Reading Software: Finding the Right Program
By: National Center for Technology Innovation
In this article:
Reading software has transformed instruction for struggling learners and students with disabilities. Not only do these applications have the ability to read text aloud, they can do so while highlighting individual words or entire sentences. Some applications have features to help students organize their thoughts, while others offer activities that help students learn new concepts.
Students enjoy these devices because they enable them to work independently, yet receive just-in-time support when necessary. Teachers enjoy these devices because they provide targeted reading support that best meets the needs of students. Parents enjoy them because they offer ideal solutions to the learning difficulties faced by their children.
Since different reading software applications contain different features, it is important that students are matched with software that best meets their specific needs. LD Online has identified five web-based resources that contain detailed information on reading software programs and address specific needs of students with special needs in reading. The following overview provides a synopsis of each resource to help streamline the selection process.
The Tech Matrix
- Access to electronic references and resources
- Access to multiple formats of text, notation, and symbols
- Alternate access to the computer and peripheral devices (input and output)
- Means to create and engage in multimedia products and projects
- Means to organize and plan
- Opportunities to learn concepts
- Practice and reinforcing activities
Products are reviewed for the presence of features such as text-to-speech capabilities, word prediction, embedded resources (ex. e-dictionary, e-thesaurus, highlighting) customizable views, and differentiation. The matrix is updated regularly with new products, research reports, and additional features. In addition to reading, users can find reviewed products and research in writing, mathematics, and assistive technology access devices.
A simplified search process helps users easily create custom matrices of software products and research that meet individual needs. Parents, teachers, and administrators can find choices and reviews to inform their decision-making and improve student outcomes. Custom searches and product profile pages can be bookmarked or sent to colleagues and friends to share information.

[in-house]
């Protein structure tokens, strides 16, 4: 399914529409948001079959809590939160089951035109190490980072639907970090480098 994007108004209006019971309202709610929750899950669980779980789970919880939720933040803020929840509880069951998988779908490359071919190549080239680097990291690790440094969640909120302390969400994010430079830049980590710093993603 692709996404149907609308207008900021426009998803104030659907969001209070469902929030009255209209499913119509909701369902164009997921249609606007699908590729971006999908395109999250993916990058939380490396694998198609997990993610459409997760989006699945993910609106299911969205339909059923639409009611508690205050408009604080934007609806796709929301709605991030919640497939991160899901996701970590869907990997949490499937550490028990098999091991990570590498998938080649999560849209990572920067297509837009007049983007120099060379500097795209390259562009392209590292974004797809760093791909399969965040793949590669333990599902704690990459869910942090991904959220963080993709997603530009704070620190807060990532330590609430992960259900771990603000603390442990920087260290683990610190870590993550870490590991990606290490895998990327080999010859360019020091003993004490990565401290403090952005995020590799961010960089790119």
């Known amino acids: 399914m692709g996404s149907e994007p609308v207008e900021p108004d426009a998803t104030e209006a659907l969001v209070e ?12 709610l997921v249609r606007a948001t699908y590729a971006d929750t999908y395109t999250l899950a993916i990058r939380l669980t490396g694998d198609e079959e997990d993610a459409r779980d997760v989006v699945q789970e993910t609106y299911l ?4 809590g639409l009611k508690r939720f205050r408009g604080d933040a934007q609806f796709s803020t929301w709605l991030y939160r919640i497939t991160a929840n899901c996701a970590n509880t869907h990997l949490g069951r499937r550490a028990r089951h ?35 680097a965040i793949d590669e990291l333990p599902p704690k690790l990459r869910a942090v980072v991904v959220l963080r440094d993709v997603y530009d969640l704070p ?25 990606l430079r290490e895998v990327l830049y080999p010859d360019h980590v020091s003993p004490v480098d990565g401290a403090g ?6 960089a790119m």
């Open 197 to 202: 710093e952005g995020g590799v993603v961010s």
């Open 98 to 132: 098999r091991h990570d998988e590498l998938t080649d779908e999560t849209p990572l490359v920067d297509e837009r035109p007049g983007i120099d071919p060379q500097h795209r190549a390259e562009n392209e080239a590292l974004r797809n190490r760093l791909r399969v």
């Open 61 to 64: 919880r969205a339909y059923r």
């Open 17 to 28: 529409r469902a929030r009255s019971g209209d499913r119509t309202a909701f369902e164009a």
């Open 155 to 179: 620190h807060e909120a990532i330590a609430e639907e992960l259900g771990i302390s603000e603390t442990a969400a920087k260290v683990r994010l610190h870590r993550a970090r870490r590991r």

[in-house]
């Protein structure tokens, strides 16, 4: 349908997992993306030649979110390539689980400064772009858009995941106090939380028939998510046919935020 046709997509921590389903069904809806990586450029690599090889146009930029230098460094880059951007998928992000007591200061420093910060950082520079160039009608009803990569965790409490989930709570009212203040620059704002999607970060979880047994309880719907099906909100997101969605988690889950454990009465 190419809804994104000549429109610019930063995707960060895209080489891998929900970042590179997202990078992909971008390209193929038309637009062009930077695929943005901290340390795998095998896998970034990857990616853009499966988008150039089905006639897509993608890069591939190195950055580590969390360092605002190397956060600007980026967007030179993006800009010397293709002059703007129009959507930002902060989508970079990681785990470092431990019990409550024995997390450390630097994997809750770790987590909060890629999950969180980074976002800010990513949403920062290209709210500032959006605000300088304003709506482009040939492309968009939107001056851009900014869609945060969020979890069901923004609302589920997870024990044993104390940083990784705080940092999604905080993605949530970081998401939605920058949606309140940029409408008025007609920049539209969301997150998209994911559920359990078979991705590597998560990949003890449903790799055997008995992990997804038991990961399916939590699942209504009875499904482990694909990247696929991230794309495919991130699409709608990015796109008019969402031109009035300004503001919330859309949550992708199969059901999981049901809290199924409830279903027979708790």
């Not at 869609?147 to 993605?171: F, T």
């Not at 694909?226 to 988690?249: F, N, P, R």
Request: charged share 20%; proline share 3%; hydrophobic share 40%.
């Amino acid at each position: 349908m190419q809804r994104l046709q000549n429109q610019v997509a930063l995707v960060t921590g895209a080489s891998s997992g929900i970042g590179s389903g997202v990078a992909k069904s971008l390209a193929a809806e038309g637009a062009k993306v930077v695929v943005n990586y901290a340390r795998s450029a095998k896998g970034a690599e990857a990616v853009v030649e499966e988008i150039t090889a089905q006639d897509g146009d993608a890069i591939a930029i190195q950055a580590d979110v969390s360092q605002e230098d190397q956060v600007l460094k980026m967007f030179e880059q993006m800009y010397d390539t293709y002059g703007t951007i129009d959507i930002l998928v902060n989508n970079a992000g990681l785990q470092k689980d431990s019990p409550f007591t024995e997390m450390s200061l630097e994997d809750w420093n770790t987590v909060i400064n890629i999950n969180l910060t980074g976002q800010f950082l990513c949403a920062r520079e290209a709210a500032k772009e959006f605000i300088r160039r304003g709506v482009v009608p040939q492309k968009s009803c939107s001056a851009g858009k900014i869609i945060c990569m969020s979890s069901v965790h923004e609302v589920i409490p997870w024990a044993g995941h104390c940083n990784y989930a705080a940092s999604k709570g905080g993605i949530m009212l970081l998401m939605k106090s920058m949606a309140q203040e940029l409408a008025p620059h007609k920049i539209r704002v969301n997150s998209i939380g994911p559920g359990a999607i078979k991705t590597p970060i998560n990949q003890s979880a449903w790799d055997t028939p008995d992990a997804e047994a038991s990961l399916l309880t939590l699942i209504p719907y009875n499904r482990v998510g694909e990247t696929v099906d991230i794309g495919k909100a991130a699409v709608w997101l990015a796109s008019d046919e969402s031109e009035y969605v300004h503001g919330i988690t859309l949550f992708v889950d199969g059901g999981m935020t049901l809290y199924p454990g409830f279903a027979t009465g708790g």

National Center for Accessible Media
- Operating system requirements
- Supported text formats
- Supported multimedia formats
- Additional features such as ability to link to external media devices
The matrix is regularly updated with information as new versions are released or updates add capabilities to existing products. Direct links are provided to product websites.
Curriculum Software Search
- Cause and effect
- Language readiness
- Emerging language
- Early concepts
- Advanced concepts
- Functional learning
- Talking word processors
- Writing tools, written expression, and syntax development
Users are able select a stage and search a list of software database choices. These choices include: access options (i.e., mouse, switch), graphics and content (child, teen/adult), platform (Mac, Windows, DOS), prompt options (auditory, visual, multisensory), activity type (press and hold or press and release), and feedback type (auditory, visual). The portal allows users to search for software that is compatible with the user's needs as indicated by the query fields.
Texas Assistive Technology Network
- Phonemic awareness
- Word identification
The product and strategy reviews also list product name, manufacturer, website, product description, and a no tech/low tech category.
Recording for the Blind & Dyslexic (RFB&D)
- Equipment features
- Functionality on the site
RFB&D also offers AudioAccessSM, which enables students with learning and print disabilities to download audio textbooks and literature for school to a Windows® computer. The digital files can be synced to a compatible portable media player and students can take them wherever they go.
Although the resources identified in this Info Brief can help address an array of reading difficulties and disabilities, it is imperative for educators and parents to be pro-active in exploring all options for their struggling students. Guidance on doing so can be found in the LD OnLine Info Brief, Be an Empowered Consumer: Let Your Voice Be Heard.
National Center for Technology Innovation (2008)
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